Here you have some very handy hints and tips …


Biltong can be made from virtually any beef or venison, but remember, the better the cut and grade of the meat, the better the Biltong!
Silverside is perfect.
Always use freshly cut meat. If at all possible do not use vacuum sealed meat. (See “MOULD” below)

Always slice the meat with the grain and use a very sharp knife for best results.


This is very important. The thicker the meat the longer it takes to dry. Aim for slices of anything up to 1cm in thickness. Careful now, this needs a bit of concentration. While slicing, one inevitably tends to end up with the bottom of the strip being much thicker than the top. It is not like slicing bread! The trick is to start slicing thinly, and to carry on slicing till the strip of meat falls away. Do not hack at the meat, then stop to assess your progress, and slice further. You will end up with unattractive strips of meat covered in nicks and cuts.


When marinating the meat always put the thicker pieces at the bottom of the dish or tray with the thinner pieces at the top. ALWAYS use a cover to keep away any flies for hygienic purposes.


Always hang your meat in a dry, drafty area, free of insects and flies. If flies lay eggs on the meat you will end up with maggots and you can throw your biltong away!

NOTE:  The BILTONG MAKER comes with a cover that will prevent any insects from getting near the meat.


Biltong or smoked foods should be consumed within a week of preparation in order to avoid the possibility of mould, especially during wet and rainy periods or if you live in humid coastal areas. If you want to keep biltong over an extended period, rather put some pieces into a plastic bag, suck out as much air as possible through a straw, seal, and freeze for months.

If mould should occur, it can be removed by wiping it of with a cloth which has been dampened with vinegar.


A few simple precautions will prevent the occurrence of this irritating phenomenon. Biltong, especially the “wettish” type, can be affected by mould after it has been purchased and not consumed within a few days. It can also occur while making your own biltong. The following are the most common causes of mould and include some tips on how to prevent it:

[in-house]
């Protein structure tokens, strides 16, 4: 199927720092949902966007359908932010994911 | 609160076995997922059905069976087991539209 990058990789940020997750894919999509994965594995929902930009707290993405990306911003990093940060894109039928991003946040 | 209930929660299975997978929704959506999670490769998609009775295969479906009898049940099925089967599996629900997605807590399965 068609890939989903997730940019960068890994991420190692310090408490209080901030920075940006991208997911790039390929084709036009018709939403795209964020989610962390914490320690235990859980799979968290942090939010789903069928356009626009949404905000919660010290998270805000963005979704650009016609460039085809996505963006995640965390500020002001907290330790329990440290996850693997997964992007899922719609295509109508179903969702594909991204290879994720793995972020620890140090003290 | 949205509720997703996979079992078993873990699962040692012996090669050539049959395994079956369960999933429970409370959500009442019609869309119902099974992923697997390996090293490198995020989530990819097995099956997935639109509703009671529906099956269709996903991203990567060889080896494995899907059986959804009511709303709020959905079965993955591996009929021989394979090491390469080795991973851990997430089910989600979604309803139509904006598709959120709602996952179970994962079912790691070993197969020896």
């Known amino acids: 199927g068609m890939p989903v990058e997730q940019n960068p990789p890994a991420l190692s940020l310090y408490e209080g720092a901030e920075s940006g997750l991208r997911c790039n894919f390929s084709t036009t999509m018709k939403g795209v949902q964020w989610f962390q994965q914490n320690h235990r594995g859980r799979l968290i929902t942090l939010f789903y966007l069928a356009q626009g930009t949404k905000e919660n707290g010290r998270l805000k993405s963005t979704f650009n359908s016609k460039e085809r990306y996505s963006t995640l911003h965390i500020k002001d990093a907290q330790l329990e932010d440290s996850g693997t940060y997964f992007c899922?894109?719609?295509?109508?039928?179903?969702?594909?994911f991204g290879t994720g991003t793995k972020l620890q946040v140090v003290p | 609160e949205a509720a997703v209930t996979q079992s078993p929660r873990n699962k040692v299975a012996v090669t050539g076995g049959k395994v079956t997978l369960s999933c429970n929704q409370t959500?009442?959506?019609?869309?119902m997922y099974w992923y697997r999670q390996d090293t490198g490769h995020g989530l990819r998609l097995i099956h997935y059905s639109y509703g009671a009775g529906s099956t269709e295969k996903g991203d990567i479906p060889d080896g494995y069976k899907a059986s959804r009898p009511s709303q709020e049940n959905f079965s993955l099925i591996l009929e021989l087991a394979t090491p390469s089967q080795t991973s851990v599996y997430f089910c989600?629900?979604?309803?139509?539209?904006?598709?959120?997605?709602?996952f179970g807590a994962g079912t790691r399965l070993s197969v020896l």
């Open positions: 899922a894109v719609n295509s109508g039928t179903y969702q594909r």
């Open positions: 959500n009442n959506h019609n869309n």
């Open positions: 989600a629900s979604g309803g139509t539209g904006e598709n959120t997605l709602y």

1.  Mould is more likely to occur during hot and humid summer periods, especially at coastal areas unless you put the Biltong Maker in an air-conditioned room. Traditionally the “Biltong Making Season” was during the winter months. However, with the new methods of making biltong such as drying cabinets, you can now make your biltong all year round. Just avoid putting your Biltong Maker in a humid damp surroundings.
  2. Mould is very likely to occur if strips of meat touch each other during the hanging period. Special care should therefore be taken to ensure that each strip of meat hangs freely. Remember, if mould starts up it rapidly spreads to the rest of the batch.
  3. Mould is also more likely to form on meat that has been vacuum sealed or pre-packed and been lying in its own blood for a few days on the cold racks in shops. If you only have access to vacuum or pre-packed meat, establish whether the bloodiness has gone “tacky” when you unseal it. If it has, beware, this is a prime mould stimulant. You will need to wipe the meat thoroughly with a cloth dipped in vinegar, and pat it dry with a kitchen towel before starting with your preparations for making biltong. The best is to always buy fresh meat at the butcher.
  4. Do not hang meat in a dank out-building or a musty room which has been closed for months on end. The fresher the air and the better the ventilation, the less danger there will be of mould contamination.
  5. Many people hang their biltong in the kitchen and there is nothing wrong with that. Take care however, if the kitchen is very compact the steam from the cooking pots, kettles and the wash-up can create unacceptably high humid conditions.
  6. It is quite fine to keep your Biltong Maker in an air-conditioned area. This will prevent mould from happening especially in humid conditions.
  7. If you detect the first signs of mould forming you can save your batch by acting quickly. Wipe of all traces of mould with cloth which has been dipped in vinegar. This kills of the mould spores and you can continue hanging the meat to dry.
  8. If mould has severely contaminated a batch of hanging biltong it will not dry out, irrespective of how long it hangs. Give it to the dogs. It is not a pretty sight and it will get worse the longer it hangs!

NOTE:  With the BILTONG MAKER you can make biltong all year round without the problem of mould, provided you follow the instructions in the manual.
Never let the meat touch and always dry the meat before hanging.


Various types of raw sausages are suitable for drying and you can experiment to your heart’s content. Just remember to use the thinner sausages for the best results .

Don’t use mutton sausages!!



Place seeds in a hot DRY frying pan
Swirl them around untill they start crackling and get a very slight burn
Remove and slightly crush in a Mortal and Pestle or cover with paper and roll a bottle over them


Use half vinegar and half dry red wine
Add 100 ml lemon juice to the vinegar/wine mixture


Make a mixture of ¼ coarsely ground black pepper and ¾ ground coriander. Sprinkle over the meat and press into flesh.

For those who like it HOT, sprinkle some peri-peri of your choice over the meat